Loved all of Micah's funny comments; my grandkids make me laugh without even trying to.

    Sounds like you're still in transition with this move; I hope everything gets settled down for you soon. And re your comment on my post, I'm sure your volunteer hours will transfer from one county to another. I've been trying to get most of mine completed before my daughter comes home in July, but you've got plenty of time!

  9. "Oil Forecast Sunday?" Gosh, it is so sad that it has come to that.

    The first thing I thought of when I read that Lewis Carroll passage was an article I read about the culture in business. People get so caught up in preserving the status quo that they are afraid to speak up when a safety issue arises...i.e. BP.

    So you had to move away from your garden? Will you need to sell your house? I'm sorry to be so nosy and asking all these questions. I'm glad your husband has found employment! I'm sure you will make the best of this new place and beautify it too!

    I feel like such a celebrity now, with my (fake) name in large font and bold letters! I'm blushing! :-)

  10. You're welcome, Marnie. I'm always glad to help someone smile!

    Sandy, help yourself to the forecast pic and the memories:) McGuires is certainly one of our favorite places too. Tourists and locals alike can't get enough of the great food and atmosphere--and beer! I'm not much of a beer fancier, but it's interesting to try those little samples of the different ones they make.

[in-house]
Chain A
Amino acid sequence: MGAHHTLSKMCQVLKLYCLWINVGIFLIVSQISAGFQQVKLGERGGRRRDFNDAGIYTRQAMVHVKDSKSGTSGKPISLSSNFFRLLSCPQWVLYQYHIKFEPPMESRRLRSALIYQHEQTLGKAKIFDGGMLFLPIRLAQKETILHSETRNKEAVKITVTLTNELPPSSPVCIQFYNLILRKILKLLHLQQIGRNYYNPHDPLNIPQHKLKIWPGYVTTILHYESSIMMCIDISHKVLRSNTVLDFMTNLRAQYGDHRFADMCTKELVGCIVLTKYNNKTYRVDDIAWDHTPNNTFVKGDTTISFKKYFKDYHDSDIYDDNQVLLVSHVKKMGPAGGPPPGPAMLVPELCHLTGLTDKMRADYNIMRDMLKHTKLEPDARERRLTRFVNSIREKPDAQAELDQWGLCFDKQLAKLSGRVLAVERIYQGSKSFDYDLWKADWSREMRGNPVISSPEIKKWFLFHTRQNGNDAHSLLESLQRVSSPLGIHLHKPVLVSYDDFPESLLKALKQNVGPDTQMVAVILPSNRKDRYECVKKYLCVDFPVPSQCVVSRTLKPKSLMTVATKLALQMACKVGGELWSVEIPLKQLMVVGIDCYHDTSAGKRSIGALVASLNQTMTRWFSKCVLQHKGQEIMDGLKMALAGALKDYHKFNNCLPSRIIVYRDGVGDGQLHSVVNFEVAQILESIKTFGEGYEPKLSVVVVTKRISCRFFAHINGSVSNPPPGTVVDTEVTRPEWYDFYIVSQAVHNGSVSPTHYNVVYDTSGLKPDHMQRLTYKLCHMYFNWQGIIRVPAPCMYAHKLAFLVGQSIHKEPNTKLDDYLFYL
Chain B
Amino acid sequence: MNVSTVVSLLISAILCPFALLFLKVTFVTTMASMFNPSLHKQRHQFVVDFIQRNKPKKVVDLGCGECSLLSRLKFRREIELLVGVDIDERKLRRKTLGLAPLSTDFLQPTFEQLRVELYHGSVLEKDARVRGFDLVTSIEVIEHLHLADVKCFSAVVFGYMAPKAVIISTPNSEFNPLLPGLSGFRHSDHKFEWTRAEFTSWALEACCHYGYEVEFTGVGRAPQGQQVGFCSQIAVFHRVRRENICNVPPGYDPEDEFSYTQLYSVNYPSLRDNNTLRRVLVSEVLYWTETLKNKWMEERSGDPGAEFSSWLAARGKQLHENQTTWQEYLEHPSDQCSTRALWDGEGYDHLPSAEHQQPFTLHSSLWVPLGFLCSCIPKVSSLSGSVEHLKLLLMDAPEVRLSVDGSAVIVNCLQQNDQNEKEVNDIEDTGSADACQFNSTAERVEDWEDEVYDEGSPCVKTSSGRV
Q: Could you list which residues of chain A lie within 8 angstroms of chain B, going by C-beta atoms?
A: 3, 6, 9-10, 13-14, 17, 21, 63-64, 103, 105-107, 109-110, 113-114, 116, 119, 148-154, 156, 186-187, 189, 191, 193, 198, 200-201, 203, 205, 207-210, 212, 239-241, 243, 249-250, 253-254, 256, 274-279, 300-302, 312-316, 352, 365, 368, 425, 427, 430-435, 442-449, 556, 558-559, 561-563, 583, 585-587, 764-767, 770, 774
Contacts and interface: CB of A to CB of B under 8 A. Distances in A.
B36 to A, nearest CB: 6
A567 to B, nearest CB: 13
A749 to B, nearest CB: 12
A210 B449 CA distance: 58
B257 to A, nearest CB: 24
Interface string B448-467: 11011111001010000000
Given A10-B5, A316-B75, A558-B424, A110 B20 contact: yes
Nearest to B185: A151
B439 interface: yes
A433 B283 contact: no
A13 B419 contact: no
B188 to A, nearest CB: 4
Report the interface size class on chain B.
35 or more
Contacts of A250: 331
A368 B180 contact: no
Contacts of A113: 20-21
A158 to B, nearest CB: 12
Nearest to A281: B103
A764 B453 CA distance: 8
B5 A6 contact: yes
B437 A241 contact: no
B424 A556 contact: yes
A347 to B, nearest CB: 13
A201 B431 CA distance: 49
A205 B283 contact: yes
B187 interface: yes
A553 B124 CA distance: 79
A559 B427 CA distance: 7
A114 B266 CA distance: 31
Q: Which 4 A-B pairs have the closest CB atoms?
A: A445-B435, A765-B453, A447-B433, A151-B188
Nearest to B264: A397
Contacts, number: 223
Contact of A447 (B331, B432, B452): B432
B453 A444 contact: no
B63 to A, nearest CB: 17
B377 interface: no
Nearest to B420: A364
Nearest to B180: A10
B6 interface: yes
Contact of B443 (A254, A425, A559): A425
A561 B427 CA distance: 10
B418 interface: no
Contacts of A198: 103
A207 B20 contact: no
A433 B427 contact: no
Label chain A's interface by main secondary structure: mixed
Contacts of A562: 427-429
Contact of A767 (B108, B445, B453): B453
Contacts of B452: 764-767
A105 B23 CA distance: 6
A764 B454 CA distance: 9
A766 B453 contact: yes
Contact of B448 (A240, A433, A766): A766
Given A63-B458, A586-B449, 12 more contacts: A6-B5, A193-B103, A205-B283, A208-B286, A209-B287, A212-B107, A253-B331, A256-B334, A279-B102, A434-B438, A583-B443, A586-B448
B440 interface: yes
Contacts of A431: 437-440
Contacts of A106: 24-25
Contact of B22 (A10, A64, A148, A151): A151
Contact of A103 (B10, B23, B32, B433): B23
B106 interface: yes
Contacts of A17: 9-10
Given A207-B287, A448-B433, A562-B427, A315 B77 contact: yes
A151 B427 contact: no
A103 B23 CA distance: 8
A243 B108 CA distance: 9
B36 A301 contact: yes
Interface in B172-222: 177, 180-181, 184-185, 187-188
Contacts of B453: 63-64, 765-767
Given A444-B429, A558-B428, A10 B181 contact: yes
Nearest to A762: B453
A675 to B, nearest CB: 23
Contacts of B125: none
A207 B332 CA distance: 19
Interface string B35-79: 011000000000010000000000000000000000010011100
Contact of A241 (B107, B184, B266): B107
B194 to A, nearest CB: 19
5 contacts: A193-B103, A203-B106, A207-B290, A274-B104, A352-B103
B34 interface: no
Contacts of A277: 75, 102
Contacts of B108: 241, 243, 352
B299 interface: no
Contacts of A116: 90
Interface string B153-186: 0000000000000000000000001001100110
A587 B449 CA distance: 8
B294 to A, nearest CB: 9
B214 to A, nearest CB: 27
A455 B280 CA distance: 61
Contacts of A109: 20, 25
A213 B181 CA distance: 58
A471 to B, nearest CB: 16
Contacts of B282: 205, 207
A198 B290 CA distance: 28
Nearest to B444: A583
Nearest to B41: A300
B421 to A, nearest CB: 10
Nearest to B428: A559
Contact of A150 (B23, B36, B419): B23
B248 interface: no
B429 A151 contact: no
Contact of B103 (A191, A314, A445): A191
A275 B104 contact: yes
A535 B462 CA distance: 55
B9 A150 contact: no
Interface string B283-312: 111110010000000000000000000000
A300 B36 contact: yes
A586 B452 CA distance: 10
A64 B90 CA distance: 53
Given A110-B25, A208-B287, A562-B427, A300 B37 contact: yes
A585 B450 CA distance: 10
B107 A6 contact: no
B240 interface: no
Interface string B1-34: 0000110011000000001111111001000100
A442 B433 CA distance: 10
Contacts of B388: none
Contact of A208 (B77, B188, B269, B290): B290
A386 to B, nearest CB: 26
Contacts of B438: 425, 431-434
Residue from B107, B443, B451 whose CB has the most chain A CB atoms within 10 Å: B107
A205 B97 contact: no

Rose, grandkids must be born with an extra funny bone or something. I know my kids said some hilarious things too at that age, but I can't remember specifics. If I wrote them down, I sure can't find them anywhere. Blogging has many benefits.

    This move is a strange one to be sure. We haven't sold the house so we can't buy another one and have to rent a small apartment for now. It'll be back and forth for a while, I guess. At least I can continue to garden, as long as our renter remembers to water! I'm not too worried about the volunteer hours, but I'd like to accumulate them in both counties, hence the problem. I'm not sure yet how that's going to work.

    CM, I hope that other people find your blog and enjoy it like I do--except for the spammers, of course. They're getting tricky so I may have to use comment moderation again. I don't like to moderate them because that means a lag time in comments being added, and sometimes I can't check my blog every day.

    We took the house off the market for now because there are so many foreclosures and short sales in the area that it's kind of pointless to try to sell it. The budget is going to be pretty tight with two places to pay for, but we've had to do something similar before and did okay. Just gotta have faith! I'm trying to make the apartment in Tallahassee as home-like as possible, but home is where the family is--always has been and always will be.

  11. I'm impressed with your recitation of quotes, especially that relatively obscure one by Lewis Carrol. I regularly use the Humpty Dumpty analogy relative to efforts to restore the Everglades.